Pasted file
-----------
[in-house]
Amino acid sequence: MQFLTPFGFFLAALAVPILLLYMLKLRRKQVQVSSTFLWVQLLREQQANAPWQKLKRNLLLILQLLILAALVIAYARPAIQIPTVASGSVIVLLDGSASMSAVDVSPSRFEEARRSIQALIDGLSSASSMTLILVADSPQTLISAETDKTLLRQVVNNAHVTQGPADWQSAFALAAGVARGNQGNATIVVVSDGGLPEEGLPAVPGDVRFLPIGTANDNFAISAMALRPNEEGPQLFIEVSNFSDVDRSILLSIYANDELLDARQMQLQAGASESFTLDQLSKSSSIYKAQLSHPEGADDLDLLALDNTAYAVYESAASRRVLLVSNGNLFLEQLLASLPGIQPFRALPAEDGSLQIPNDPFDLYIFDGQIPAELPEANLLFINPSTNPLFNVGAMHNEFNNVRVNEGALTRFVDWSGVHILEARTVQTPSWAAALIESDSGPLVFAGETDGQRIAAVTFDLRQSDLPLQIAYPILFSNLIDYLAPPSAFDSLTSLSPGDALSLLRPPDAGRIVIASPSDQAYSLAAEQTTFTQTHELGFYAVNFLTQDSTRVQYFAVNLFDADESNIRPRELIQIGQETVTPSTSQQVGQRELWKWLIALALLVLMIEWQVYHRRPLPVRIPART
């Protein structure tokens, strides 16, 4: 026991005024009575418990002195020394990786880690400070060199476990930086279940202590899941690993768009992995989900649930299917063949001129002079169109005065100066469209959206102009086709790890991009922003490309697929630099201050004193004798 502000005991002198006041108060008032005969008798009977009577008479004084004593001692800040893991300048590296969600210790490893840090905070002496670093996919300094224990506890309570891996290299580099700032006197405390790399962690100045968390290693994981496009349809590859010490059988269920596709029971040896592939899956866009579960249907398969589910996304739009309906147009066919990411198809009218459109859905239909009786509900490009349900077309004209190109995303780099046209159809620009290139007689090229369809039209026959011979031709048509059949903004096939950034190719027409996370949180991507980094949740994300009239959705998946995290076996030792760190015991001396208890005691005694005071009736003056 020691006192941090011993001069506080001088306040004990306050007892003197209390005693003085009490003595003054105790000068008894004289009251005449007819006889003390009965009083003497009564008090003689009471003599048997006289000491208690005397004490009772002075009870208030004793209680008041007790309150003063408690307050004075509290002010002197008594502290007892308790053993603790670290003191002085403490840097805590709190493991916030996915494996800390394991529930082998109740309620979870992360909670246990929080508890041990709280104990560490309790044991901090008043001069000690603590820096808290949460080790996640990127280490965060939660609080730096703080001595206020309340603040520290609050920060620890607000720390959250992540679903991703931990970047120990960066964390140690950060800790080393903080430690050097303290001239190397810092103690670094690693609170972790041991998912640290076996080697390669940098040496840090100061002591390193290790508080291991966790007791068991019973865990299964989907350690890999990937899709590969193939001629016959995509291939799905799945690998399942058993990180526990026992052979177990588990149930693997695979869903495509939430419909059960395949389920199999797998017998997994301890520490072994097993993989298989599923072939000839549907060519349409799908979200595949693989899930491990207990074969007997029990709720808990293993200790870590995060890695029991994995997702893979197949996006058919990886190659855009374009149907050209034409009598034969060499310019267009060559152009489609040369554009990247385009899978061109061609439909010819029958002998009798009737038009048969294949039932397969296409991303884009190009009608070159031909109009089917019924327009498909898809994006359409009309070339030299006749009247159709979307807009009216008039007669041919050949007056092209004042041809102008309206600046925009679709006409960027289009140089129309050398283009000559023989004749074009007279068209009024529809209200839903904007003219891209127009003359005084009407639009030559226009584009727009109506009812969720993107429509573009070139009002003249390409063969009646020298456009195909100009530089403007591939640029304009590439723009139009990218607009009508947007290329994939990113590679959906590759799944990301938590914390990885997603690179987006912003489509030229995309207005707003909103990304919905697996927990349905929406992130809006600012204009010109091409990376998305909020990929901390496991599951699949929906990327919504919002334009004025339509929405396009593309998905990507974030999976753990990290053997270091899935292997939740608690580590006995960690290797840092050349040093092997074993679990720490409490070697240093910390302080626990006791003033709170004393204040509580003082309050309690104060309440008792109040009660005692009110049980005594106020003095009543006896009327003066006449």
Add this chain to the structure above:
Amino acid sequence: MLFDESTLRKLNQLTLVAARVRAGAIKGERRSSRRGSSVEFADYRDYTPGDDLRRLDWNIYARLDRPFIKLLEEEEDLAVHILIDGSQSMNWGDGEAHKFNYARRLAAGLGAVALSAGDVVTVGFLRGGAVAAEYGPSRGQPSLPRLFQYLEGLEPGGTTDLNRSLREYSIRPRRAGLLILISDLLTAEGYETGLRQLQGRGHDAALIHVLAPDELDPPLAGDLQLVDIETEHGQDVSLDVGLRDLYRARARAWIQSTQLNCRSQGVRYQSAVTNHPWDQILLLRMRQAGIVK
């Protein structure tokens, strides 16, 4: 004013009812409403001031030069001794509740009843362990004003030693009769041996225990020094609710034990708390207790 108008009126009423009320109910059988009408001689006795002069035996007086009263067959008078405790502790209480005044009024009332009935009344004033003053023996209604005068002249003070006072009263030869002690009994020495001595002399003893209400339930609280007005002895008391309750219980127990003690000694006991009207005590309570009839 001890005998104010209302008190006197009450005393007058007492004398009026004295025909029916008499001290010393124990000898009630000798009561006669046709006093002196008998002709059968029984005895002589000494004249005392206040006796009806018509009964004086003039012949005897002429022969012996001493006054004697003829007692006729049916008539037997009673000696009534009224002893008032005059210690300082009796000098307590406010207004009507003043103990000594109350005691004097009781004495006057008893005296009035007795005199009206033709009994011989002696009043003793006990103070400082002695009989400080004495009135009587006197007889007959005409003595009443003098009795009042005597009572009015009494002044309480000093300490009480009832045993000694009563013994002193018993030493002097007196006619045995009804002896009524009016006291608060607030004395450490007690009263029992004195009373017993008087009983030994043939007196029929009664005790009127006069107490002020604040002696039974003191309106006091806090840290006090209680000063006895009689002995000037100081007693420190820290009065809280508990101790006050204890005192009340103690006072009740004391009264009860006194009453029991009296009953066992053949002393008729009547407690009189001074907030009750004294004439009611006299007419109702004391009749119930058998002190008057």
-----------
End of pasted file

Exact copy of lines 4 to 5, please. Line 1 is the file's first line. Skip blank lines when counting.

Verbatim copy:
Add this chain to the structure above:
Amino acid sequence: MLFDESTLRKLNQLTLVAARVRAGAIKGERRSSRRGSSVEFADYRDYTPGDDLRRLDWNIYARLDRPFIKLLEEEEDLAVHILIDGSQSMNWGDGEAHKFNYARRLAAGLGAVALSAGDVVTVGFLRGGAVAAEYGPSRGQPSLPRLFQYLEGLEPGGTTDLNRSLREYSIRPRRAGLLILISDLLTAEGYETGLRQLQGRGHDAALIHVLAPDELDPPLAGDLQLVDIETEHGQDVSLDVGLRDLYRARARAWIQSTQLNCRSQGVRYQSAVTNHPWDQILLLRMRQAGIVK